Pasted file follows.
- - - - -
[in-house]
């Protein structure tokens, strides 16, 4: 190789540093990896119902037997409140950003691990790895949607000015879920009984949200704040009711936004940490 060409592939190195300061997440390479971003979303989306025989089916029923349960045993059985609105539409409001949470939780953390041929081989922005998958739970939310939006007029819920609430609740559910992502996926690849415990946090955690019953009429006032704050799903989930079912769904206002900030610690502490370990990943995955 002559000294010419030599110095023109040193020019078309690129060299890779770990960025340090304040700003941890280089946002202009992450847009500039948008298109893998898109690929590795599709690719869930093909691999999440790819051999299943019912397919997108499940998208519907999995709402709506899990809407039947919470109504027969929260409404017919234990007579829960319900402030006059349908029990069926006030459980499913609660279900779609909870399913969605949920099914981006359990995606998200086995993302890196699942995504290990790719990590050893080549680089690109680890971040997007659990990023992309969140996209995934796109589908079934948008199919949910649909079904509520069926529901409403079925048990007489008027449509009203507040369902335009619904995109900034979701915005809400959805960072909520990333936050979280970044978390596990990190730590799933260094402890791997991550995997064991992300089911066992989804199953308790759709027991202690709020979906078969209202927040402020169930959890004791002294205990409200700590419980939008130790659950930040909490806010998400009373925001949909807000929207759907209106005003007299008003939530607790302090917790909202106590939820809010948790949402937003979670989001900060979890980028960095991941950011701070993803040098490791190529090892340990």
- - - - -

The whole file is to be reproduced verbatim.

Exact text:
[in-house]
């Protein structure tokens, strides 16, 4: 190789540093990896119902037997409140950003691990790895949607000015879920009984949200704040009711936004940490 060409592939190195300061997440390479971003979303989306025989089916029923349960045993059985609105539409409001949470939780953390041929081989922005998958739970939310939006007029819920609430609740559910992502996926690849415990946090955690019953009429006032704050799903989930079912769904206002900030610690502490370990990943995955 002559000294010419030599110095023109040193020019078309690129060299890779770990960025340090304040700003941890280089946002202009992450847009500039948008298109893998898109690929590795599709690719869930093909691999999440790819051999299943019912397919997108499940998208519907999995709402709506899990809407039947919470109504027969929260409404017919234990007579829960319900402030006059349908029990069926006030459980499913609660279900779609909870399913969605949920099914981006359990995606998200086995993302890196699942995504290990790719990590050893080549680089690109680890971040997007659990990023992309969140996209995934796109589908079934948008199919949910649909079904509520069926529901409403079925048990007489008027449509009203507040369902335009619904995109900034979701915005809400959805960072909520990333936050979280970044978390596990990190730590799933260094402890791997991550995997064991992300089911066992989804199953308790759709027991202690709020979906078969209202927040402020169930959890004791002294205990409200700590419980939008130790659950930040909490806010998400009373925001949909807000929207759907209106005003007299008003939530607790302090917790909202106590939820809010948790949402937003979670989001900060979890980028960095991941950011701070993803040098490791190529090892340990």